Tag Archives: Healing Processes

Karate for the Community Organizer’s Soul

Karate and Community Organizing, they have a bit in common, at least for me.

I’m a martial artist, not a particularly good athlete, but I’ve been doing this for years (off and on), and I’ve dedicated myself to learning how to do this better throughout the entirety of my life, if only on my time and to the best of my own ability (in the words of my Instructor, the only person we need to compare myself to is me).

Similarly, I’m a community organizer. I’m not a particularly good organizer or storyteller, but I’ve dedicated my life to learning how to be a better organizer and storyteller, again even if only to the best of what I’m capable of.

Neither of these things necessarily come naturally to me, but I’m a quick-thinker and my body is good at catching-up, I’m stubborn as all hell, and I’m willing to keep learning. Even after almost 19 years of karate classes and years as an organizer (even before I knew what community organizing was), both have been the kinds of things that make me uncomfortable and nervous and push me as far away from my comfort zone as it’s possible to be.

Two things about both karate and community organizing:

1) According to a classmate of mine, an older woman who has been in karate years and has known me since I was brand new to the sport, when I was little I was so shy that you could look at me and I would go hide in a corner. I don’t remember this but I trust her. I remember thinking in my first ever karate class that I had humiliated myself, when I did a move (a run, jump, sidekick) that ended up with me on my butt, rather than standing up. I ran out of the karate school crying. My parents made me join anyways. I wasn’t very shy for much longer after that and I’ve fallen more times and in more ways that I could count. I’m still learning how to make mistakes gratefully and usefully. This is the most important lesson I ever learned for for community organizing and for everything else.

2) When I began college, I left karate. But it was my experience organizing as a college student that made me need to go back. I’ve always had a short fuse and a quick temper and I was having a lot of trouble turning hot anger into cold anger that I could use. I had lost control of my most powerful weapon. I needed to re-train my body and mind for focus and control if I was going to succeed as an organizer. Karate (under the same instructor I had learned from for years) was the best and only way I knew how to do that.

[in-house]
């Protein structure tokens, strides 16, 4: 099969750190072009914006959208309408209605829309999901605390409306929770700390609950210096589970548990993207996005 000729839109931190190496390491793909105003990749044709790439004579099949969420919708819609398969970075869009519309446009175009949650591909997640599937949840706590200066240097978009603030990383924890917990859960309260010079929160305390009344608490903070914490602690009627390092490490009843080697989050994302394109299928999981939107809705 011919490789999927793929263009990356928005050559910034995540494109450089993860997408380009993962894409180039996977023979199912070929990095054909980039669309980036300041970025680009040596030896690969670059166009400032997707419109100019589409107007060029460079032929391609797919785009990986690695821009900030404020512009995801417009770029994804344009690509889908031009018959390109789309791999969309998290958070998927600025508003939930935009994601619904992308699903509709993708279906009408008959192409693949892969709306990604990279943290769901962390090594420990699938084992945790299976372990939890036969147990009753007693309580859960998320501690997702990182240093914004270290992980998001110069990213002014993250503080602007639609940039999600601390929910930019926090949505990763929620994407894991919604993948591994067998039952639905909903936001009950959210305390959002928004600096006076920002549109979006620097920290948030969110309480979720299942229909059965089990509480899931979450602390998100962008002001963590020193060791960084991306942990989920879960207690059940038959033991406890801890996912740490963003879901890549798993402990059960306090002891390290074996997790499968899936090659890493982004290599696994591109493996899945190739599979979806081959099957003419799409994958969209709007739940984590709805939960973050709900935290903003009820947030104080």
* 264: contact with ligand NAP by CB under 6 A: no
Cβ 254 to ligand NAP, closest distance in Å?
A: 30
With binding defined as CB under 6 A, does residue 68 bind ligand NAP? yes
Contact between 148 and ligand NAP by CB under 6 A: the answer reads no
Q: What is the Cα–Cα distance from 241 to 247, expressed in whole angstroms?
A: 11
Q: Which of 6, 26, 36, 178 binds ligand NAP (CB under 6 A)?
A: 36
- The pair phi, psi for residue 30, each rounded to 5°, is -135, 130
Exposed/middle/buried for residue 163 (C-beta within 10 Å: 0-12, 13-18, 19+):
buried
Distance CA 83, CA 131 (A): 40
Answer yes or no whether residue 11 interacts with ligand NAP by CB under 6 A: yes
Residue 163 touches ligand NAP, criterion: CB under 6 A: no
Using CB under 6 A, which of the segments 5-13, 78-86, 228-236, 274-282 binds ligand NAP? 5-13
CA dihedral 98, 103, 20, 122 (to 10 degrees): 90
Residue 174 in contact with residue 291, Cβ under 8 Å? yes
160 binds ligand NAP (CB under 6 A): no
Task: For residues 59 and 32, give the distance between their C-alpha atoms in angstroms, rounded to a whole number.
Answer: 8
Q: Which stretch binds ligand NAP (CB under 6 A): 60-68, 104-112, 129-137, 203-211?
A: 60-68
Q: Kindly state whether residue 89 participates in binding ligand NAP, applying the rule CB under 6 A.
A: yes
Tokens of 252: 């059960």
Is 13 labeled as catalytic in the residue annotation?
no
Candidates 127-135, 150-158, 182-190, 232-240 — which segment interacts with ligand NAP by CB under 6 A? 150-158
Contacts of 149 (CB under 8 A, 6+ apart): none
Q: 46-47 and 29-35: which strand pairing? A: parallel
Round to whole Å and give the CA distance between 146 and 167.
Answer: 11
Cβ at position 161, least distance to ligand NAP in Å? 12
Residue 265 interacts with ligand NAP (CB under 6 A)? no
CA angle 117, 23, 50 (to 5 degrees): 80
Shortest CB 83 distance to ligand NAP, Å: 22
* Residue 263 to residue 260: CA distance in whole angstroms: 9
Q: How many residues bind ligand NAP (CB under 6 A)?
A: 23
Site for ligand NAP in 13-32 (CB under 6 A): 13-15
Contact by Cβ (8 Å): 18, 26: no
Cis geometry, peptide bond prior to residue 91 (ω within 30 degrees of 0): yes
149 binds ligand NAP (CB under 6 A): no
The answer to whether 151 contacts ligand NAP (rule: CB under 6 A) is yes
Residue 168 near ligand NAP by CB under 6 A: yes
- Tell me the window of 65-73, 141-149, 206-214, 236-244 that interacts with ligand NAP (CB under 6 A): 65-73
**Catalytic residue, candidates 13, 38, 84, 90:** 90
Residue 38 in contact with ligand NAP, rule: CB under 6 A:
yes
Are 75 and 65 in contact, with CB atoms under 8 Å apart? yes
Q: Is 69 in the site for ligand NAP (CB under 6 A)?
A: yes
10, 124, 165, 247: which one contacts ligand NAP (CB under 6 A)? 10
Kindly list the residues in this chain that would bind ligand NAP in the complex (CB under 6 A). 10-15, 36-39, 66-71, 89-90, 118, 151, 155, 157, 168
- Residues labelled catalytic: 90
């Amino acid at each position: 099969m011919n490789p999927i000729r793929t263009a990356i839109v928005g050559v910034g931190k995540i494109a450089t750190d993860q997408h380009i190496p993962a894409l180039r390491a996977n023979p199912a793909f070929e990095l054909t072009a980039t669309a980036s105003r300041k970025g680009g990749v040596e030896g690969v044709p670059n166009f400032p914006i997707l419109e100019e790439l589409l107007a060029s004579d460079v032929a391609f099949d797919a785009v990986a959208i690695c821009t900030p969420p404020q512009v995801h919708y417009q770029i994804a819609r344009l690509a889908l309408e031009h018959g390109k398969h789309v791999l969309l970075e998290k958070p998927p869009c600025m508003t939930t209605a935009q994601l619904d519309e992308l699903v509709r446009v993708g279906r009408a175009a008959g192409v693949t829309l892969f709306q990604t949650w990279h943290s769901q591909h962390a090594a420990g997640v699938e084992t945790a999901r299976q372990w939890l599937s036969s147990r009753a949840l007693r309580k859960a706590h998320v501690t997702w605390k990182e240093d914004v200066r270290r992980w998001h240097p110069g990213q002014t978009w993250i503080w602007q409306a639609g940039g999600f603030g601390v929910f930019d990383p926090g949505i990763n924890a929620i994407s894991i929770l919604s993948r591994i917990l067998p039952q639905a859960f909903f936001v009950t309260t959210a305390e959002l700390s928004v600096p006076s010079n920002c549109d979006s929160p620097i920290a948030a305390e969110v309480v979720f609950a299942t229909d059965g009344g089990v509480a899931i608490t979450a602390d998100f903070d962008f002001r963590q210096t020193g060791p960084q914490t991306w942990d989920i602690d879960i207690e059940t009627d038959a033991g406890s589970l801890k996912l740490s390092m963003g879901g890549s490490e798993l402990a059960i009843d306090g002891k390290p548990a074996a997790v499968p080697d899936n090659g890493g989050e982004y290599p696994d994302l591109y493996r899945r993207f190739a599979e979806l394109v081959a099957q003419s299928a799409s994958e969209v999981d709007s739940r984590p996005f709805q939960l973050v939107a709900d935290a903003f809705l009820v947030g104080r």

Organizing gave me a goal and a sense of the future and the beginnings of a plan, but karate gave me the focus to reach it, the discipline to plan for it, the value system (and community) to anchor myself in, and the confident sense of self to make myself uncomfortable in the process. More importantly, in the words of Grand Master John Worley, 10th Degree Black Belt and National Karate co-founder, it taught me to stick to my bush.

It’s made me less scared of the unknowns. This next year of my life is a whole lot of stuff I can’t plan for and a whole lot of stuff I can plan for as much as I want, but can’t really know what to expect. I’ll be organizing and teaching and writing and doing my same work, but I’m be in a new community for several months, where the people I know can be counted on one hand. I’ll be dependent on me and me alone for the very first time, but I’m okay with that. I’ve got the lessons karate taught me, I’ll keep training at karate because that’s the best way I know how to care for myself, it’s what I believe in, it’s how I’ll be a better community organizer, and because I know more than anything that my experience as a student of the martial arts have taught me all that I need is already within me.

This post was NOT in any way a project requested, thought of, or funded by my karate school or the chain of schools it belongs to. They had nothing to do with this post, but for the fact that they have taught me for years. I’m grateful for their guidance and instruction and hope this post reaches their high standards if they ever read it, but this post and the idea for this post are from my own mind.

 

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Storytelling as Healer

I had the most wonderful experience today in a meeting with my fellow staff members at the Twin Cities Daily Planet and some of our community allies.